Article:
While serving notice to tenants and managing their cooperation throughout the sale process is highly sensitive to timing and personalities, tenanted properties represent an opportunity to attain a fair price on the sale of your asset.
To sell a tenanted property is a complex process that requires a thorough understanding of evolving laws and market conditions.
With more than a thousand rental units under our care, we are often involved in selling tenanted properties. Our Real Estate services branch – LandLord Realty Inc., Brokerage – was originally set up in response to complications arising between the tenant and the owner’s choice of a Realtor. In 25 years of property management, we’ve seen the issues and opportunities first hand.
Advantages of selling while tenanted
Tenant-occupied properties have tenants paying rent every month, which may lessen the urgency to accept an offer early and sell quickly. Any concerns presented by having restricted access to units are mitigated by the type of buyer that a seller can hold out for: one can see the potential in a unit, even when occupied by a tenant. This kind of buyer can look past scuffed walls or lackluster décor to see the investment that can be theirs, and is less likely to walk away when their low-ball offer is not accepted. The “unmotivated seller” holds the high ground in any negotiation.
Managing the tenant
The flip side of an unmotivated seller is, unfortunately, an unmotivated occupant. It’s of course quite reasonable to assume some resistance from someone who has been told they’ll have to find a new home (to say nothing of their having to endure potential buyers invading their space).
While tenants have a great deal of power to disrupt the sale process, we have the capacity to compel difficult tenants to cooperate. It is to everyone’s advantage to walk the fine line to avoid complications in the first place, and that’s where experience with tenancy laws in Ontario is invaluable. The tenants have rights, but also responsibilities.
While one can’t expect realtors to establish a rapport with a tenant in the short span of the listing period, it’s worth noting the value of such a relationship.
In situations where we have a pre-existing relationship with the tenant, we are able to leverage the tenant’s familiarity with us. We might well have shown the tenant their home, and we were certainly there to ensure a trouble-free tenancy. A tenant will typically be more at ease dealing with the familiar face of their property manager than a salesperson they’ve met only in the context of having to leave their home. This could be particularly true if the agent underestimates the sensitivity of a tenant. The tenant’s familiarity with our company ensures we have an easier time accessing the unit to show it, and that the tenant will be more forgiving should a problem arise.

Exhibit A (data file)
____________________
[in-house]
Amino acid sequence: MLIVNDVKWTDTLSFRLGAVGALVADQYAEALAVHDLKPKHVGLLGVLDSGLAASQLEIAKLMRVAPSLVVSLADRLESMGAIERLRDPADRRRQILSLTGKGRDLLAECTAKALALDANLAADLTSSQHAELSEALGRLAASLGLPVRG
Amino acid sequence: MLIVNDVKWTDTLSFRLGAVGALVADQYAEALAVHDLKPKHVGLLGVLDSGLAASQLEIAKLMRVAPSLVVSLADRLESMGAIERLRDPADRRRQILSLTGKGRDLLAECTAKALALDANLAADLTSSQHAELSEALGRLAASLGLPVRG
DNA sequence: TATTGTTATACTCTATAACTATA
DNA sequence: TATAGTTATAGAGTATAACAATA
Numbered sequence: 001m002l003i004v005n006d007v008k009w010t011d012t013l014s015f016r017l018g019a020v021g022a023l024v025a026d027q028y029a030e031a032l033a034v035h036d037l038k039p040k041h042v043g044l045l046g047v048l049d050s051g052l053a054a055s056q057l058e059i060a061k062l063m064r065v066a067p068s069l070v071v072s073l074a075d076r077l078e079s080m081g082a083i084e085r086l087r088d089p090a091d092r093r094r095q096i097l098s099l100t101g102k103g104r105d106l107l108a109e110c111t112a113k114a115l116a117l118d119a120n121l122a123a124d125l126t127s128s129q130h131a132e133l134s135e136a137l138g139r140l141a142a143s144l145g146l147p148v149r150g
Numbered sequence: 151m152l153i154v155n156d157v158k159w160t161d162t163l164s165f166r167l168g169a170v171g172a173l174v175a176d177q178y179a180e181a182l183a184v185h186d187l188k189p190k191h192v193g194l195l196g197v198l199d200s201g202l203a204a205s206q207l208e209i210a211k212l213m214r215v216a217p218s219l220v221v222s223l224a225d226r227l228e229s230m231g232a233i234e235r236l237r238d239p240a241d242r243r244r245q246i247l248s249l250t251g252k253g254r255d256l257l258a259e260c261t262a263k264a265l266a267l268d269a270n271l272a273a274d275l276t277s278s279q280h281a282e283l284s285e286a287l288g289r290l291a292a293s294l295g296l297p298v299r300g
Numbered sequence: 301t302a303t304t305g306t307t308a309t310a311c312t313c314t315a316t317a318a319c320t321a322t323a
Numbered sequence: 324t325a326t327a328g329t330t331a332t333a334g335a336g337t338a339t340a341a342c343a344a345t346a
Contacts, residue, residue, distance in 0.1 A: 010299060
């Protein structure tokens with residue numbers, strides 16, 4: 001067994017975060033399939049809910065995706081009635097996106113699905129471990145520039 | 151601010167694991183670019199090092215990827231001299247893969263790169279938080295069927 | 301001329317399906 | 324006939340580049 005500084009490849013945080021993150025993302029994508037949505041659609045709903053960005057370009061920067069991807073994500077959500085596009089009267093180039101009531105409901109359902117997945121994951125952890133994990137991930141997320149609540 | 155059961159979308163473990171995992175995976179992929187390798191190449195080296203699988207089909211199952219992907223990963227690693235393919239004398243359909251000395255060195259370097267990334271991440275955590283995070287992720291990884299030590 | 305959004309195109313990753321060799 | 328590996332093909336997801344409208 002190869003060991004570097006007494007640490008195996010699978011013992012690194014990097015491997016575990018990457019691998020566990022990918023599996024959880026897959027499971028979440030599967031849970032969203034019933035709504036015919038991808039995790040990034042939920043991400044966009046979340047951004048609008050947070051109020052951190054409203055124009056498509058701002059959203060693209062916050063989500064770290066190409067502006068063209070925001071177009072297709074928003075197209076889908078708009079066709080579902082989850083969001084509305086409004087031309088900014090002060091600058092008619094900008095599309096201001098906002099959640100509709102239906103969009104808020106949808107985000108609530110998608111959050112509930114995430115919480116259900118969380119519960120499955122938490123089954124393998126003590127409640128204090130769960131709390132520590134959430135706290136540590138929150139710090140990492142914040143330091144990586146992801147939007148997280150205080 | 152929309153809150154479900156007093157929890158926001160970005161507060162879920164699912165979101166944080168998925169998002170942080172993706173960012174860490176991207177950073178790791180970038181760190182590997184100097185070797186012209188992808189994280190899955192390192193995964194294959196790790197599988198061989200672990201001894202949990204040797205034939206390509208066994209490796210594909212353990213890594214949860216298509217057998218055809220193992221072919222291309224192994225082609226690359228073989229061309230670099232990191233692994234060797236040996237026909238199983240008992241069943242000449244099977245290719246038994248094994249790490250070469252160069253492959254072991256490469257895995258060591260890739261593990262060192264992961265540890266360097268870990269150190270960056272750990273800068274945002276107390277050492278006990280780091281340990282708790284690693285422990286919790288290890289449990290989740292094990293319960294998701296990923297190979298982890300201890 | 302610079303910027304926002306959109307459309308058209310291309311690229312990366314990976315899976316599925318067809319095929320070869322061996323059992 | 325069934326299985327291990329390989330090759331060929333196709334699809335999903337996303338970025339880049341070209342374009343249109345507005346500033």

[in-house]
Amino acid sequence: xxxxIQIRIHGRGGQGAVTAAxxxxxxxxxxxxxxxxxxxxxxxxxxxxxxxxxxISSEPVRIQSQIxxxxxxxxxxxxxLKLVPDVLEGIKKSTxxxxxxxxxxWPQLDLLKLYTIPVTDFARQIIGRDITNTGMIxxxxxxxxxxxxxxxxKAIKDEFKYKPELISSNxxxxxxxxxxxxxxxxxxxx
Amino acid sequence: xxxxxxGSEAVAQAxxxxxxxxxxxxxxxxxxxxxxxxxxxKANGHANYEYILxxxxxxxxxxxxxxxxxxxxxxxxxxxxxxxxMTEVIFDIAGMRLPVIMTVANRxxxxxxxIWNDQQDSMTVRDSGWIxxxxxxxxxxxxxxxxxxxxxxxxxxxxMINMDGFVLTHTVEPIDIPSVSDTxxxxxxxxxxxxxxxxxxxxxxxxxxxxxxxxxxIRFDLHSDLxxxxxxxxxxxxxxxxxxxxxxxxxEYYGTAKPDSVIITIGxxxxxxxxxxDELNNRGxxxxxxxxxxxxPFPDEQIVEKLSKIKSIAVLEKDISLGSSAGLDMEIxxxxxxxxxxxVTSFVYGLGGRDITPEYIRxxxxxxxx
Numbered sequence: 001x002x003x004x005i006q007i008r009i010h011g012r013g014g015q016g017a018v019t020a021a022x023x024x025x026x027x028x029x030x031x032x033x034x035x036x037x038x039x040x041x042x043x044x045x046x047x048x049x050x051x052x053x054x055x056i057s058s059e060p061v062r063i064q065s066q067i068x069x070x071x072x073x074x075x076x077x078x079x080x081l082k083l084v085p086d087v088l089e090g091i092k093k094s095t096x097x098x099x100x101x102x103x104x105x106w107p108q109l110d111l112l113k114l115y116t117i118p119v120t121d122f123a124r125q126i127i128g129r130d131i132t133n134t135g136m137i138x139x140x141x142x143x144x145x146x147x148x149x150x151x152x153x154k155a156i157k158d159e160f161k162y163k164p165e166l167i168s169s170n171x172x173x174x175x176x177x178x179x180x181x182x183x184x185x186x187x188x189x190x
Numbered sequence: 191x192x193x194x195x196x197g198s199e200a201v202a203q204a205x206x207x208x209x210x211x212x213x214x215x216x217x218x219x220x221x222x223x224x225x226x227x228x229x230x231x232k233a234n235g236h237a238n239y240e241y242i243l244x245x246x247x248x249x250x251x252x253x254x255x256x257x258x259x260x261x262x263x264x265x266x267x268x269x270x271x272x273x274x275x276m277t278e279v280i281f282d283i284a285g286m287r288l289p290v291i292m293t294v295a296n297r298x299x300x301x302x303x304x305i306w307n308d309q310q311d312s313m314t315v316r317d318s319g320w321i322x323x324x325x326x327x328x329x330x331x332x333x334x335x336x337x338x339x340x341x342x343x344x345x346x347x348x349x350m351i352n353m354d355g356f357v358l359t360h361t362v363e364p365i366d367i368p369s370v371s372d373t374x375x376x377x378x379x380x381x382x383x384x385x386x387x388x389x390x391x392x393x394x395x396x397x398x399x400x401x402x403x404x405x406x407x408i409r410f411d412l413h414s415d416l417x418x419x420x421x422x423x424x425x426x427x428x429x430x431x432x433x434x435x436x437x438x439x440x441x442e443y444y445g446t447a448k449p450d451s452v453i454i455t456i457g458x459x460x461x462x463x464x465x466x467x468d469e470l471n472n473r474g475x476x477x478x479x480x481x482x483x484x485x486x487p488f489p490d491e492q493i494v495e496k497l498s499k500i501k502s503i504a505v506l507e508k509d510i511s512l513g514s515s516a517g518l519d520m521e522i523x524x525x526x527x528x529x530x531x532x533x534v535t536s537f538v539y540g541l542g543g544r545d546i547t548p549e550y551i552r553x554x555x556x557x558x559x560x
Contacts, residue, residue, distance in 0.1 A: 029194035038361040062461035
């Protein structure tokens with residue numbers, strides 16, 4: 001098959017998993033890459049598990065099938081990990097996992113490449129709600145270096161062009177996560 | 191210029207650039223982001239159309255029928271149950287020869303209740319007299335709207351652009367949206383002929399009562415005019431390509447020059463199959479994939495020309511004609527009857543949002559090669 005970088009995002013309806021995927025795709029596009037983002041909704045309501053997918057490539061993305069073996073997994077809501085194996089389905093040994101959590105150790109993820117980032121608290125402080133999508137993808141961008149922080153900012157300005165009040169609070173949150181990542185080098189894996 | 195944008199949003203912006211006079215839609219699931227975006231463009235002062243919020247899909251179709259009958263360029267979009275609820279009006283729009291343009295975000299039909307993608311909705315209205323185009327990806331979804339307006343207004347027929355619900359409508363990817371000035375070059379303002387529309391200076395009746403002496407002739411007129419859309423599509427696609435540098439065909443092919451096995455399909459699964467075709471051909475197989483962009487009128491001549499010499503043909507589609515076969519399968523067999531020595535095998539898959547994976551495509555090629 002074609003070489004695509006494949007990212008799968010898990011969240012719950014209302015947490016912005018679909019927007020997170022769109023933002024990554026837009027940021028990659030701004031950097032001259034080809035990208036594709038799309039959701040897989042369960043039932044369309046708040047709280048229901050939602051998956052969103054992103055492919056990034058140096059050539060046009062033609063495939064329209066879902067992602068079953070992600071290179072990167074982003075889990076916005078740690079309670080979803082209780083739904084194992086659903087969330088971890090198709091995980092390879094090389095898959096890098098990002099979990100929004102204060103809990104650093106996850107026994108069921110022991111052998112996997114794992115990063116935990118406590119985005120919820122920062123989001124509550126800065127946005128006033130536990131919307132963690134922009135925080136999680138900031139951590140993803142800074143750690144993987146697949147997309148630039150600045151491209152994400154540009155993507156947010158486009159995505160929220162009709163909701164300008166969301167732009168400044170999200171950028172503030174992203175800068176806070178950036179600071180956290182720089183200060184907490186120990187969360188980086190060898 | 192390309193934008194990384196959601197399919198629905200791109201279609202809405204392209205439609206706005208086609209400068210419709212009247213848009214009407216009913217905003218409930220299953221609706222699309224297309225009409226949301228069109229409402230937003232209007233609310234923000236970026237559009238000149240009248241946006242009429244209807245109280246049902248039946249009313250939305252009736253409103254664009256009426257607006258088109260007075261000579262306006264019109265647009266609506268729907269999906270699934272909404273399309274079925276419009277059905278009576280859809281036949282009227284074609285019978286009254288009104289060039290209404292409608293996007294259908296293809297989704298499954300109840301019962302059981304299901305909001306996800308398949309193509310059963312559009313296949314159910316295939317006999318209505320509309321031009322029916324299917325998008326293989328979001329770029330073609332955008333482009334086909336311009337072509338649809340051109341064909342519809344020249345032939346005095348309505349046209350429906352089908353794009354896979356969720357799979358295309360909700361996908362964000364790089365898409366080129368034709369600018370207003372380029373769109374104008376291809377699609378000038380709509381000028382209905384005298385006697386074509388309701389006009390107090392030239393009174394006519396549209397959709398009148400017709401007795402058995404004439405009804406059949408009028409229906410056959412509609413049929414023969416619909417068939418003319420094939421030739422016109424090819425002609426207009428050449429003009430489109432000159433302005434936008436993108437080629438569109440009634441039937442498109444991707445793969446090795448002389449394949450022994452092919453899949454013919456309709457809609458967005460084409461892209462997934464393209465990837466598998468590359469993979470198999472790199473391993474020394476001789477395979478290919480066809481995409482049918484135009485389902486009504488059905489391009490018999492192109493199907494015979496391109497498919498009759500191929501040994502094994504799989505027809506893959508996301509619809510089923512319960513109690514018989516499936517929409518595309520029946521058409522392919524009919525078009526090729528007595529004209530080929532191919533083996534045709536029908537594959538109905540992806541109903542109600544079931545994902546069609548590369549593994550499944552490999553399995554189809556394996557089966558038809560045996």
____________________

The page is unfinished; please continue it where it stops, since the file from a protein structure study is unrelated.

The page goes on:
The realtor’s challenge
Vacant properties are easily made to show well, and owner-occupied properties have occupants with a strong motivation to have the property show well. That’s quite different than trying to sell a tenanted property facing the prospect of having to find a new home. Some of the obstacles that a realtor will need to address include:
- staging is out of the question
- pets may impede access
- the walls may be scuffed
- showing times are less flexible
- the tenant may not keep the unit fully tidy
- attractive images for the listing may not be possible to take
- occupant has little motivation to cooperate with the sale process
Tenants are allowed to live their life and neither owners, realtors, nor property managers have any right under the law to interfere with their enjoyment of the premises outside the scope of entering with prospective buyers. A thorough understanding of tenants’ rights and responsibilities ensures that a sale can proceed smoothly.
To successfully sell a tenanted property can be determined as much by how the tenant is managed as by setting the right asking price.
Terminating a tenancy
A tenancy can’t be terminated just because the property is being put up for sale. One ill-advised tactic owners sometimes use is to issue notice to terminate for their “own use”, and then proceed to list the property once the tenant is out. This poses the significant risk of a major fine by the Landlord and Tenant Board.
Alternatively, a tool we sometimes use is to offer the tenant a lump sum to vacate early. This option can give the owner unfettered access to the unit throughout the listing process, allowing staging and showings.
We will typically recommend giving the tenant as much notice as is practical. This allows them time to adjust to the fact that they will have strangers viewing their unit, let alone the idea of looking for a new home. The better the tenant’s expectations are managed, the easier the process will be.
Having managed thousands of properties over the years, it’s second nature to us to have tenants fill out the appropriate forms. Such forms confirm notice to vacate, and protect the seller throughout the sale process. While it may not be top of mind to realtors used to selling vacant or owner-occupied residences, it’s a critical early step to ensure vacant possession.